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PSYB20 All Lecture Notes for Final.docx

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Mark Schmuckler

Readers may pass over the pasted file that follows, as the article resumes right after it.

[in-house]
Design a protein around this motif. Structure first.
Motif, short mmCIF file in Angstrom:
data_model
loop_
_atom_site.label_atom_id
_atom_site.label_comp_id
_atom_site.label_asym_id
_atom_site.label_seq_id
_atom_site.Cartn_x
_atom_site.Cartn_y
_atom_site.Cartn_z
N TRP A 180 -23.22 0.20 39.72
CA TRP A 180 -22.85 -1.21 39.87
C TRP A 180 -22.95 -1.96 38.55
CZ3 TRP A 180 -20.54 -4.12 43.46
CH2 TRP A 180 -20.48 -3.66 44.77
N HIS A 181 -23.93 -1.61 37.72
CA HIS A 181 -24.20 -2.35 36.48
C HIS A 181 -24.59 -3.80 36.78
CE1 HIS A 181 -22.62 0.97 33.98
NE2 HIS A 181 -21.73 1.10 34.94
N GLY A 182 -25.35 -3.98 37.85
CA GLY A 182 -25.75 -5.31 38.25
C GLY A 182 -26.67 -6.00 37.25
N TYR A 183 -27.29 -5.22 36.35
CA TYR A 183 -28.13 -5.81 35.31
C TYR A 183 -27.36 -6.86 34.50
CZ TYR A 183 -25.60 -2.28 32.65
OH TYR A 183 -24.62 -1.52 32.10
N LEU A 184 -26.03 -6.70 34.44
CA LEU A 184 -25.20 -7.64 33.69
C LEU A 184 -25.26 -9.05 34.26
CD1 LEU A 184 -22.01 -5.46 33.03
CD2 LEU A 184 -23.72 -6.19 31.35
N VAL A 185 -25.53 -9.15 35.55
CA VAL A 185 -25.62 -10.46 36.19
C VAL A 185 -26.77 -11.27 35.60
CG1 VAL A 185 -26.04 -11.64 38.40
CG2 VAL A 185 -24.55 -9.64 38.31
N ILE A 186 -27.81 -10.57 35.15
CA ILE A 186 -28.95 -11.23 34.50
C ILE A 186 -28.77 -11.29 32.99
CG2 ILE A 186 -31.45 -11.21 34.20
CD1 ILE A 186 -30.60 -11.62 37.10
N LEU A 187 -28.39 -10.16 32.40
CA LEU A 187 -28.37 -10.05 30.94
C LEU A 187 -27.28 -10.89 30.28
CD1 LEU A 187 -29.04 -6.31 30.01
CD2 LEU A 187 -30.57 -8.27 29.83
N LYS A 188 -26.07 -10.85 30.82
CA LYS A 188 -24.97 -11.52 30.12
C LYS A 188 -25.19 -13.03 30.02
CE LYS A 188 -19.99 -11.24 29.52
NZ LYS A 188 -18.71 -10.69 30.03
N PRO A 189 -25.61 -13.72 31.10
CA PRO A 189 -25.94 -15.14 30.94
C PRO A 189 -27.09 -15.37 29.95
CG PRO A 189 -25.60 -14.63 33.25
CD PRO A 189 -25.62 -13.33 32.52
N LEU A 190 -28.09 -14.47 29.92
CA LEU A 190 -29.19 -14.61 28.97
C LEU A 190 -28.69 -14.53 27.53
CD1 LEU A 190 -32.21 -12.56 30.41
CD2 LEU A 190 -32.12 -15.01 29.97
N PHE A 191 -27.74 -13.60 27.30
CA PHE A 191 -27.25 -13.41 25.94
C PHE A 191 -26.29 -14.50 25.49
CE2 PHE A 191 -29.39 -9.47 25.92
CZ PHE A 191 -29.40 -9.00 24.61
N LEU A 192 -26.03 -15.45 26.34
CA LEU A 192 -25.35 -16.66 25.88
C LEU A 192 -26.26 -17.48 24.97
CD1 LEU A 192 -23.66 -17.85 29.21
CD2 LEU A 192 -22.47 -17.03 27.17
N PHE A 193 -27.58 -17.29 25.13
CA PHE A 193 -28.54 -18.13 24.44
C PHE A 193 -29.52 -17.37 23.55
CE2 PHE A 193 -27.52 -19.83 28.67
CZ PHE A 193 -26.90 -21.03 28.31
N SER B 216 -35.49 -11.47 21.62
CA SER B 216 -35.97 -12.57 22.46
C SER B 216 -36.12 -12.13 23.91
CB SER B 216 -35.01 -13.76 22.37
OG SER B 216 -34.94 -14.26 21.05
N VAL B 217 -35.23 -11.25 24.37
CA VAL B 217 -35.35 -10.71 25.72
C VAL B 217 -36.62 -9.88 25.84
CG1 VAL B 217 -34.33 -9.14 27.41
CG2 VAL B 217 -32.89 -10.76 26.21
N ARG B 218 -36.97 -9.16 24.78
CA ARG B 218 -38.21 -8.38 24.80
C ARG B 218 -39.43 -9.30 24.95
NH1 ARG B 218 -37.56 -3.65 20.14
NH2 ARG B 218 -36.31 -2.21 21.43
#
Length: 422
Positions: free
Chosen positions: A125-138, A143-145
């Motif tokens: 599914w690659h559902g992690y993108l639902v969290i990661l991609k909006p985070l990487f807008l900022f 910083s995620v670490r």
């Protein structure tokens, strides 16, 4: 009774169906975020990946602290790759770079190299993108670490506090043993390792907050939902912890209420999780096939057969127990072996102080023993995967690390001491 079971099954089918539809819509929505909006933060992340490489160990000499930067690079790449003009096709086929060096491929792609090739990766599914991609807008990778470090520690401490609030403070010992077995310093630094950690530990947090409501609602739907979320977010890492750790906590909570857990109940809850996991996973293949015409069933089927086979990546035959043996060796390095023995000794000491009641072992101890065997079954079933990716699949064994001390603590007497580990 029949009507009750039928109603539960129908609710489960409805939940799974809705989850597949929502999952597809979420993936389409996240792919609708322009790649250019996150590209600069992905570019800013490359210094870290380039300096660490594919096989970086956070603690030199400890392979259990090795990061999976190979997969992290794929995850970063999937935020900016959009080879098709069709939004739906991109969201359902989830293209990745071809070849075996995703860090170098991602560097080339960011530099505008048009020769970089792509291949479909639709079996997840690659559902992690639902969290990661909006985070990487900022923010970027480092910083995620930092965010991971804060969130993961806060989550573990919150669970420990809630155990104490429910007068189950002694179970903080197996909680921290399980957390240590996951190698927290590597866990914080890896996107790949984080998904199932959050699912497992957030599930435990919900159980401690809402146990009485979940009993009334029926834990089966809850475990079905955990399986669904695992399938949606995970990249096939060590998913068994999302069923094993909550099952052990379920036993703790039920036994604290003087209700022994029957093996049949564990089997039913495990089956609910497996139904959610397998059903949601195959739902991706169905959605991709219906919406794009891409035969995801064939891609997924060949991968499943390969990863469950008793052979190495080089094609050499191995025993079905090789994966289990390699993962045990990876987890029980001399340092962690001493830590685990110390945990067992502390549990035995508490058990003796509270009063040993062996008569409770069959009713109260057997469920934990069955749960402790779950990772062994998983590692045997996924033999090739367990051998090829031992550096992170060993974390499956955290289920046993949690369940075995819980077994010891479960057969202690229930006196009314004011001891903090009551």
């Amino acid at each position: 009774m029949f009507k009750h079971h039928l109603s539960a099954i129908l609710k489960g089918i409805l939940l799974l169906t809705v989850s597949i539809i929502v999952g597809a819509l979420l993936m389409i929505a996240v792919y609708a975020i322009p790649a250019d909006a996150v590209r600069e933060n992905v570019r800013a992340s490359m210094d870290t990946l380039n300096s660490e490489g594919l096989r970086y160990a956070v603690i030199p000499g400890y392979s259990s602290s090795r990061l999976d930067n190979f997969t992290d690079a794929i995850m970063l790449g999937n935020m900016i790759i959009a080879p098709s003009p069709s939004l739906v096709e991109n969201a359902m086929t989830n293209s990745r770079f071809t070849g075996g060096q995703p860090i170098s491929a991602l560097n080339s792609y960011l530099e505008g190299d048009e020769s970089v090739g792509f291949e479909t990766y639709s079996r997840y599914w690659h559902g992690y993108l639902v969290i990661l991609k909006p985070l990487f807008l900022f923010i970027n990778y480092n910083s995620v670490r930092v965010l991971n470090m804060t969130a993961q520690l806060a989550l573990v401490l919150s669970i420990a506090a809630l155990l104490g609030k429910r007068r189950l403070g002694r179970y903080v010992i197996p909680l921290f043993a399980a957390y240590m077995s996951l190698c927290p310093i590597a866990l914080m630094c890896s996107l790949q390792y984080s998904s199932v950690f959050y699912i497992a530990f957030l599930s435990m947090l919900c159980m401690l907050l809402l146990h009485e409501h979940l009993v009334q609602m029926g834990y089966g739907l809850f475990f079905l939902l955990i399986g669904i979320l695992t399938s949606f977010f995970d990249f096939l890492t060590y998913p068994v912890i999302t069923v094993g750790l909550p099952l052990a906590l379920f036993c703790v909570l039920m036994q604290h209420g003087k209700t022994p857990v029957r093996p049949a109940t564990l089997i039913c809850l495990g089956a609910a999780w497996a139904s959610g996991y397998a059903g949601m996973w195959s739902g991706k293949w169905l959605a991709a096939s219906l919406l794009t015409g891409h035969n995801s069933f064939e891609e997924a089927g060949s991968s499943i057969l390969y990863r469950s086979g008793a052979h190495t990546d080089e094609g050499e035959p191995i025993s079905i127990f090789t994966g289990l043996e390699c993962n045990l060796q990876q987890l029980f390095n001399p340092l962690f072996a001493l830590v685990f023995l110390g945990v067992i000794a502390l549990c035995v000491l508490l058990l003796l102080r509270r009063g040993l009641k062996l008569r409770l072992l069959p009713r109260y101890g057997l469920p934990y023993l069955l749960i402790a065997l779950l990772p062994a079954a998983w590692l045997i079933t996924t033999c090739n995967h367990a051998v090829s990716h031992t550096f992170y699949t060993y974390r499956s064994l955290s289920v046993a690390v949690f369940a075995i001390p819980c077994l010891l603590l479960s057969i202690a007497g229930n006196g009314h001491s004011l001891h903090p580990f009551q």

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Attachment (-motional development-first proposed by freud-the foundation of personalities on infant base on relationships with parents; widely accepted that this leads tht early emotional attatchment huge impact for the later development) (attatchment-effectional ties to intimate companion,attempt to maintain proximity with one another…the limitations have lead to the ethological approach) Theories of Attachment Behaviorist Approach The importance of feeding and drive reduction • Elicits positive responses (thus increase caregivers affection for the infant) • Mothers provide infants with additional comforts, such as warmth, vocalizations(relax w/ infant) (infants associates all these positive feelings with mom,so positive reinforcement…but may not depict hunger satisfactory) • All occur in single setting Mom becomes source of reinforcement Theories of Attachment Behaviorist Approach Harlow & Zimmerman (1959) • Contact comfort (one monkey wired w/food and the other cuddly but w/ no food; at odds with the drive reduction model cause study showed monkey in favor with cuddly rather the drive- reduction-food especially when exposed to unusual situations) Theories of Attachment Behaviorist Approach(imapact on later relationships and says tht baby is passiv and infant may hav a particular temperament) Blanket Attachment and Play (helps manage their stress,are substitute for the children’s life) (the amount of time child spend in the room w/mother nonblanket and blanket reflect no difference) (the kids who go w/the familiar blanket in an unfamiliar room seems to be attached-serving an substitute as mom-but having the blanket in a relly stressful situation does not work) Blanket Attached Blanket Non-Attached y P o t u D e M MotherBlankeToy No Object Experimental Condition The importance of feeding and drive reduction • Elicits positive responses • Mothers provide infants with additional comforts, such as warmth, vocalizations • All occur in single setting • Mom becomes source of reinforcement Operant Conditioning model(moves beyond feeding; attatchment still occurs even when abused/maltreat; long term attatchment)(limitations-not explain why maintain attatchment over long time and clearly doesn’t happen though) • Infants look, smile, and seek proximity because mom reciprocates with smiles, hugs • The greater number of behaviors that get reinforced by particular person, the more one is attached to that person Theories of Attachment Psychoanalytic Approach(impact on later relationships) Freudian approach • Similar to drive reduction • Become attached to person who satisfies basic biological drives (typically Mom)(when satisfied than attatchment is there;whoever serves the childs needs are the attachment; occurs when the drives are reduced i.e. reducing the need for water,hunger) • Relationship with Mom then prototype for romantic relationships throughout life Erikson’s approach • 1 developmental stage: birth – 1 yr: Trust vs. mistrust • Children become attached to people who minister to needs(maintain attatch,fosters trust) • Importance of mother’s overall responsiveness Theories of Attachment Cognitive-Developmental Approach Little to say about which people to whom one becomes attached • Suggests that attachment depends, in part, on level of cognitive development • Must be able to discriminate familiar persons from strangers(ability to discriminate mom) • Must recognize that familiar persons have permanence – object permanence abilities, as discussed earlier(that mom has to continually exist;stable representation) • Thus, timing of attachment related to timing of development of cognitive ability (8-10yr old) • Theories of Attachment Ethological ApproachBowlby (generally accepted; inspired by ethology;imprinting/critical period-once established cant be modified,fundamentallt adaptive,and increase survival)(modern approach for psychoanalytic)(ultimately saw infant is adaptive in an evulotionary sense- imprinting; infant is biologically prepared and baby actiivly contributes)(discusses the emotional support and cognitive growth) (built-in behavrs;contact with mom ) (mom provides protection for the child-crawling will be protected,will be fed,exploration of the world)(parent was there to increase the childs chance of survival) Central feature of theory • Babies born with in-born set of behaviors (elicit parent care-sucking,clinging,gazing at parents; all have impact w/ closer proximity w/ mom …ovr time the emotional bond grows stronger) • Behaviors elicit parent care, thus increase change of survival The developmental course of attachment • The preattachment phase (birth – 6 wks) • Behavior a matter of genetically determined reflexive responses with survival value(grasping,clinging; orientated towards a human being-signaling the need for them) • Promote physical contact(babies don’t like to be put down) • Attachment in the making (6 wks – 6/8 mos) • Orient and respond with preference towards mom(when baby is separated from mom;baby wont protest-only when separate from othr ppl then will protest) • No specific attachment yet (initially mom leaving room not distressing but after a longer time then will exhibit distress) • The phase of clearcut attachment (6/8 mos – 18/24 mos) • Shows separation anxiety( 18months baby becomes real upset when mom leaves the room) • Mom as a “safe haven” (6-8 months becomes mobile;the independent ability allows for a new host of abilities; mom as ‘safe haven’ for them to explore the world,free to start figuring out what the world is like)(obj. permenance ability- that mom is still there when mom is not there) • Formation of a reciprocal relationship (18/24 mos – ) • Decrease in separation anxiety (cognitive development; growth of linguistic ability; child better appreciate the factors of why mom is leaving and cud predict moms return; also additional means to persuade mom instead of cry/cling)(decrease egocentrism- understanding mom’s perspective for parents who explains why they leave the child will understand) Four phases produce enduring affectionate tie to caregiver(the experience of the four phasescreates a tie that continues for life)(set of expectations in terms of the nature of affectionate relationship throughout life and personality)(supports times of stress) • Use as a secure based in parent’s absence • Used as an internal working model • Produces attachment-related expectations for parental comfort and support • Johnson, Dweck, & Chen (2007) • Habituated to display of small(child) and large ovals(caregiver) • Tested with responsive and unresponsive caregiver(when separated the lrg oval move away, the securely attached looked longer at the large oval)(the child who had un- secure attatched were equal at looking either display; while the securely attatched-6- 12months was surprised; the nature of the ovals behavr when the lrg oval was separarted-the securely attached had expectations for attatchment) Measurement of Attachment The Strange SituationAinsworth (nee Salter) (quality of attatchment differs b/w child-some more relaxed,some more anxious) (mainly used for 1-2yrs old)(reasoned tht child used mom for secure) (looked at the nature of the child i.e. what does the baby do i.e. run,cry, from the codings) Background • University of Toronto B.A., M.A., & Ph.D • Ph.D supervisor – William E. Blatz (child development and security theory) • Moved to England in 1950, worked at the Tavistock Clinic with John Bowlby • Moved to Uganda in 1953 • Moved to Johns Hopkins University (Baltimore, MD) in 1955 Measurement of Attachment Patterns of Attachment(interaction w/ the stranger aries w/ the attatchment w/ mom) Securely Attached(show clear preference for stranger,uses mom for secure base) • Distressed during separation • Seeks out mother during reunion • About 60% of North-American infants Insecure – Avoidant (reacts w/ mom as w/ the stranger) • Unresponsive to mom (hen mom in room;when mom leaves room shows no sighn of distress) • Avoids parent during reunion • About 15% of North-American infants Insecure – Resistant • Seeks closeness to mom, fails to explore (not using mom as a ‘safe haven’) • Combines clinginess and resistant(oto the moms affections) behavior upon return • About 10% of North-American infants Insecure – Disorganized/Disoriented (greatest form of insecurity)(high risk of pycho disorders) • Combination of avoidant and ambivalent/resistant • Confusion over whether to approach or avoid • During reunion may act dazed or freeze (child seems real upset) • About 15% of North-American infants Measurement of Attachment (strong to assess attachment relationship; for natural occurring behavrs,ecological validity,cud see the attatchmnt categories) Attachment Q-sort Observation of 90 behaviors (very time-consuming to measure the 90) • “The child greets the mother with a big smile when entering the room”(how) • “When the mother moves far away, the child follows along” • “The child uses the mother’s facial expression as a good source of information about something risky” Sorted into 9 categories(doesn’t distinguish b/w the forms of insecure attatchment) • Not at all descriptive – Highly descriptive(-highly categorized the child; gives a continuous measure; tapes wider array of behavrs;) Factors Affecting the Development of Attachment(what happens when close tie develop towards caregiver) Early availability of a consistent caregiver(kids w/ no 1-1 caregiving institutions-when the caregivers constantly changed , children had symptoms of clinical depression versus if institution caregiver were consistent and form a true relationship then no signs of depression symptoms and were better attatched) • Work with institutionalized infants (Spitz, 1946) • Work with infants in institution with good infant-caregiver ratio, but high staff turnover • Research on adoption of European orphans • Indiscriminate friendliness) (…even adopted children who don’t hv early attatchment figure could still form over their lifes and these children were more friendly i.e. talk to starngers who were on the street,would go home with them • ERP differences in the processing of emotional information(expressions) Quality of caregiving (nature) • Impact of sensitive caregiving (physical attactchment-holding the child, were insecure less) • How crucial are such factors? • Gusii of Kenya(hold and interact w/ baby, respond immediately to childs needs=increase secure attatchment) • Mothers in Puerto Rico(also physically limit babies actions; instead of getting them to explore they direct where they should go= infants still very secure) Infant characteristics (bad caregiving-all three forms of caregiving; disorganized pattern is highest w/ abused children with depressed mom,and low marital satisfaction) • Infant difficulties and temperament • Combination of factors(parents mental health-childs reactions both influence direct and indirectly)(affects infants sense of security) Family circumstances • Stressors in the family(infants reactions to parental behavr) • Parent’s own history of attachment(brings their own bonds w/ previous childhood i.e.parents who saw their own attatchment insecure will result in insecure attatchment with their own child and secure parent=secure with child) • Internal working models (life satisfaction)and reconstructed memories Socialization – The Family (first experience relationship of attatchment/bonds nd usually last a lifetime; where first to experience social conflict and begins how to influence the behavr of others) (group living arrangement-lots of non-living primates have) Functions Necessary for the Survival of Society (Winch, 1971) 1. Reproduction: • Replacement for dying members. 2. Economic Services: • Goods and services must be produced and distributed for the support of members. 3. Societal Order: • Procedures for reducing conflict and maintaining orderly relations among members. 4. Socialization: • The young must be trained to become competent, participating members.(necessary for survival)(as the society becomes more complex, the society takes over) 5. Emotional Support: • Binding individuals together, harmonizing goals, dealing with emotional crises, fostering a sense of community, and so on. The Cost of Raising Children(early history,child useful for economic but now they just consume) Source: Manitoba Agriculture, Food and Rural Initiatives The Social Systems View of Family Socializaton Bidirectional effects • Parents influence children and children influence parents Bidirectional influences also affected by other family relationships • Mothers and fathers feel more competent as parents when the marital relationship is good Forces within the family are dynamic • As child grows, nature of parental relation changes(continually changes i.e. more freedom as child develops) Relationships within the family are viewed within the larger societal context • Interchanges occur between boundary of inner family and (across)outer external world • Ex., Community connections are significant(imp.) for the well-being of the family(high psycho-pathology in urban enviro cause communities more fragmented vs. the rural more close-knit communities) • Formal organizations – schools, daycares • Informal organizations – friends, neighbors • Strong ties between family and community serve as buffer for family stress Why are social ties effective buffers against family stress? 1. Provide parents with interpersonal acceptance.(discuss concerns,relieve fears,discuss concerns bout parenting) 2. Provide opportunities to exchange information, goods, and services.(i.e.where to get a good baby-sitter,may even strengthen marital relationships) 3. Provide child-rearing controls and/or models.(could see effective/uneffective models) 4. Provide secondary adult influences.(si.e.sports team,imporatant teachers,provide encouragement) Dimensions of Parenting Warmth(how interactions differ b/w parents and child) • Accepting and nurturing of child • Responsiveness, praise, expressions of positive emotions towards child • Warm parents are more successful at socializing children (child suffers if rejects) • Warmth and Comforting/Reparation Behavior (parent keep record when child see someone distressed)(parents more responsive have kids who are more likely to show comforting behavr and the parents made more amend to the child) Less Responsive 60.0 M ore Responsive t d 40.0 n f n c 20.0 P 0.0 C om forting R eparation Child's Behavior Dimensions of Parenting: Control(there is discipline needed but can’t be too excessive so have to be firm and flexible) Positive aspects of control (numbr studies say child much more competent and cheerful) • Parents exercise appropriate control over child’s behaviour when have high expectations and they train child to meet those expectations (parents tht don’t have expectations then child wont behave appropriately) (but with the high standards to behave,also needs to be trained i.e.create situations tht the child can meet those expectations i.e. toys) • Parents should enforce rules of behavior consistently (even 2-3yr old more likely to obey the rules if consistent; the child also learns to have more self-control) • Open communication between parents and children (parents allow reasons for the child to understand the rules and lets the child comment)(allows the child to attempt to understand-child are also more competent)(increase childs cognitive) • Situation management – anticipate problematic situations and arrange them so appropriate behaviour by children is more likely (i.e. child goes to grocery store and goal for them is to have no major scene i.e. repeat request to get something- the parents who were most successful prepared before the grocery trip i.e. parents brought cookies/toys for them to play with and involved less conflict) Negative aspects of control • Power assertion (force,deprivation of priviledges and the fear of the childs dislike of the punishment; simple punish no understanding of the rules so child obedient and self- control) • Short term effects of power assertion(sometimes use to display anger of the child;immediate effects) • Long term effects of power assertion (if child gets caught,then will want to sneak behavr; no internalized standard of behavr) Dimensions of Parenting:Involvement (modified approach)(how the dimensions interact how it relates to the characteristics) (the styles hv the diff outcomes for the child) Defined by parental attitudes and behaviour • Highly involved parents are child-centered (or cold-not involved) • Theoretically does not overlap with other dimension • In reality, high involvement linked to warmth and positive aspects of control (responsive) Classification of Parenting Patterns (Baumrind, 1971, 1973)(focused on how the dimensions interact,in the nature of the interaction) Control Warmth High Low High Authoritative Authoritarian Low Permissive Indifferent Uninvolved  Authoritative: (high warmth;high in control) (parents listens to child and also expects the child to behave in a particular way)Children are buoyant(cheerful), self-confident, and self-controlled (fuctions very well)  Authoritarian: (high in control;low in warth)(parents very demanding and place emphasis on conformity i.e.leave me alone and be good and parents also unresponsive to childs understanding,style is biased to the adults needs)Preschoolers are unhappy and withdrawn, appear anxious in interactions with peers  Permissive:(high in warmth;low in control)(parents avoid in imposing control and allow chil to make decisions) Immature youngsters, overly demanding and dependent(of adults), explosive and disobediant when desires are thrwarted (when someone says they cant do it and also pays less attention)  Uninvolved(unattatched to their child): (low warmth;low in control)(parents provide very little commitment as caregivers-parents may be overwhelmed w/ pressures of their lives..and soon becomes child neglect)By two years children show deficits in virtually all aspects of psychological functioning (increase risk of alcohol abuse)(delay w/ cognitive/intelligence/emotional deficit) Changing Family Structure: Large to Small Families (increase mobility,increase family size,marriage desolution…all of these does not characterize the traditional family structure) (famility size-birth rate 20s decreased 50/60s increase-WW2 baby boom and had steadily decreased since that time) Family size and parent-child interaction • Smaller families have favorable consequences for parent-child interaction (more child add less time for parent devote to each child and parents relationship) • Increasing family size effects marital relation(less satisfied), discipline becomes more authoritarian (and increase child delinquency) (family size is correlated w/ SES thus lrgr families =lower SES and impacts the standard of living so family size and standard of living both effects) Growing up with siblings (most families have more than one child;most report cause of child companionship-most impact and significant factor is the sibling both indirect-siblings relationship w/ parents and direct) • Sibling rivalry (study-when mom had a 2 child,mom took care of it more, so 1 child st jealous-but had lots of positive affections –by 8 months of age the siblings were interact partners) • Siblings as an interactional context (interpersonal skills)for children Only children (parents have a lot of pressure to have another sibling for child cause of steareotype that said they are spoiled and disadvantaged but research suggest incorrect and shows advantages) • Are only children disadvantaged socially and/or emotionally? • Advantages for only children (rated by adults to be more advanced in sociability,more willing to seek for help from others,higher edu levels,better at school because of parent- child relationship,and puts more maturity demands/expectations….has only adult models in the house) Changing Family Structure: Family Mobility(subsequent moving-moving houses,have changes and family disruptions; may have a negative impact but research has found that it depends on the circumstances of how the family builds a supportive base…they may integrate well cause of financial gains-more sufficient resources that can help the child)(…for positive reasons=family do well…for negative reasons= negative consequences-even for moving in short distance-a block, child may begin to display negative behavior,arousal, aggressiveness, securely attatchedinsecure) Greater mobility since World War II • Relocating leads to disruptions in formal and informal ties to community • The circumstances surrounding relocation related to how easily the family adapts to new surroundings Changing Family Structure: Divorce(2x of the divorce…family structure changes; half the time of reconstituted marriages also dissolve)(usually results in low income and family mobility and child often receives inadequate childcare i.e.parents less likely to care cause of one job and new parent-permissive parenting, increase in childs negative beavrioural response i.e.depression) The effects of divorce • Impact on boys versus girls(boys in preschool show more behavr organization than girls cause of diffrences to appraise situation,not mature yet,cognitive processes,separation anxiety) (boys remain more vulnerable in the long run-rising delinquency…has to do w/ the contact with the father; if father live with son then advantageous) (girls less vulnerable only the long-term problem is sexual/romantic relationships but not as great impact on social and well being than boys) The reconstituted family (2/3rds the time one of the parent remarries-positive is that increase supervision for child but create a whole new family makes adjustment quite difficult-cause no biological guideline…often times the intro of the step parent symbols an illusion but it depends on the gender of the child) (child-boy adapt best w/ mother and step-father than girls because feels like intrusion of mother-child close relationship;loyalty issues) (over time new parent relationships